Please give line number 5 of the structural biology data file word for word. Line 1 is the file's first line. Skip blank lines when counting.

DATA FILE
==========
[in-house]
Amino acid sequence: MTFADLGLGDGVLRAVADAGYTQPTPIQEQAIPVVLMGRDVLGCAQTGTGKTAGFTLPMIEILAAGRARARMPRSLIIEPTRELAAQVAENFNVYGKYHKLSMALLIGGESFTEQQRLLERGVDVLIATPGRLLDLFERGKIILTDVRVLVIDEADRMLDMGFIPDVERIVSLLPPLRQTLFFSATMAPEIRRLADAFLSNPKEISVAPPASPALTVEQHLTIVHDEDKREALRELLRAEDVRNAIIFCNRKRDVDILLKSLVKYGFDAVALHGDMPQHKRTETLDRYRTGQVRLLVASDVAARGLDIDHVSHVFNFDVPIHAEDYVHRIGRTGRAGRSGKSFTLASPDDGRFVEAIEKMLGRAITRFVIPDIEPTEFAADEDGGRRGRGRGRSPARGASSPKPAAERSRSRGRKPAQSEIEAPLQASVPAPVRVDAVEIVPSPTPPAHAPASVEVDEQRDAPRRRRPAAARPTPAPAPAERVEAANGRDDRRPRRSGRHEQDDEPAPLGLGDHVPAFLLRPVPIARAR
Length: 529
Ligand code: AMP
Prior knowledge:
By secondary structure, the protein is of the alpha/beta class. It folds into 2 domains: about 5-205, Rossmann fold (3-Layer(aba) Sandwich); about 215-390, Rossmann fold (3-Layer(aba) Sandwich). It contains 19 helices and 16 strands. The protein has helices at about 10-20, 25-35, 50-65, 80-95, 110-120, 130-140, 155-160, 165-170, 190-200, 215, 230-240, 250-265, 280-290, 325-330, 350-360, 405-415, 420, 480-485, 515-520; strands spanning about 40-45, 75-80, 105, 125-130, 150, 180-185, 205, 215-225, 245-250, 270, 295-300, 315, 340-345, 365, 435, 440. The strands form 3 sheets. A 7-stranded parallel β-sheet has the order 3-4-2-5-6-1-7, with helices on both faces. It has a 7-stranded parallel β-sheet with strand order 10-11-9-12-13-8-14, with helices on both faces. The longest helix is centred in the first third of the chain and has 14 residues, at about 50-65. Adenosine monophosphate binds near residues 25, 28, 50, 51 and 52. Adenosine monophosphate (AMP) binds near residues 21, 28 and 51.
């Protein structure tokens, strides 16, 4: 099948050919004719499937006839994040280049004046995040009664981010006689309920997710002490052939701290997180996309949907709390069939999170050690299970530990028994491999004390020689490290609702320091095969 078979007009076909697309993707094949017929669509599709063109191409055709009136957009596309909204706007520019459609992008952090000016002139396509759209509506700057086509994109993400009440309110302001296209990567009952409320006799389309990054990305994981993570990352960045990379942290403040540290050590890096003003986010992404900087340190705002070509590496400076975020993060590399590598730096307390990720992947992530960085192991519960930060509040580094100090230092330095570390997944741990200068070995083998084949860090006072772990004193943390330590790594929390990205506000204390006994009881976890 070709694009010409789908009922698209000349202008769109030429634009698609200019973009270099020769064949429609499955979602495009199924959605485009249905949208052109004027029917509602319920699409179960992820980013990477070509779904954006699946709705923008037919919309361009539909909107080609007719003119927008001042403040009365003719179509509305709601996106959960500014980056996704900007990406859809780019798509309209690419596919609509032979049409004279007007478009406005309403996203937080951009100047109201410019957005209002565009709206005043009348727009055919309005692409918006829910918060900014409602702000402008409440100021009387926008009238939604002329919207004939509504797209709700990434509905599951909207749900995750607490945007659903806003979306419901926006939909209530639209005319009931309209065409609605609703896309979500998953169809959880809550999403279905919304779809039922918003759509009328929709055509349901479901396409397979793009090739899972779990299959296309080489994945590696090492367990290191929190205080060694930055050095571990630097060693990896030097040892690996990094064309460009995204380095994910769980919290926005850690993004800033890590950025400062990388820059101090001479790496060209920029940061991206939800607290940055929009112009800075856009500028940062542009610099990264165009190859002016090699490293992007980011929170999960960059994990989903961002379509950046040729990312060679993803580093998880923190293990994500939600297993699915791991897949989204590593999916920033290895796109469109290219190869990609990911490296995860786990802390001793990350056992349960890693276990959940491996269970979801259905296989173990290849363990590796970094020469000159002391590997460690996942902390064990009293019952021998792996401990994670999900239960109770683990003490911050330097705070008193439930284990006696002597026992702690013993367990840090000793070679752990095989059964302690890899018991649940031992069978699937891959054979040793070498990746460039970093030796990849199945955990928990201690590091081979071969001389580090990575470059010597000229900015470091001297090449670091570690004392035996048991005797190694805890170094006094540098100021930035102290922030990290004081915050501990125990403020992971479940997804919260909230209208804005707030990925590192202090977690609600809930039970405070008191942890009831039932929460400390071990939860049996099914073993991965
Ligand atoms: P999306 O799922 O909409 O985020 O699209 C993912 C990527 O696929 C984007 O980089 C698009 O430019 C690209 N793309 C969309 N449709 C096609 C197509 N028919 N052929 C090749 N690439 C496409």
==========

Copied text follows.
Prior knowledge: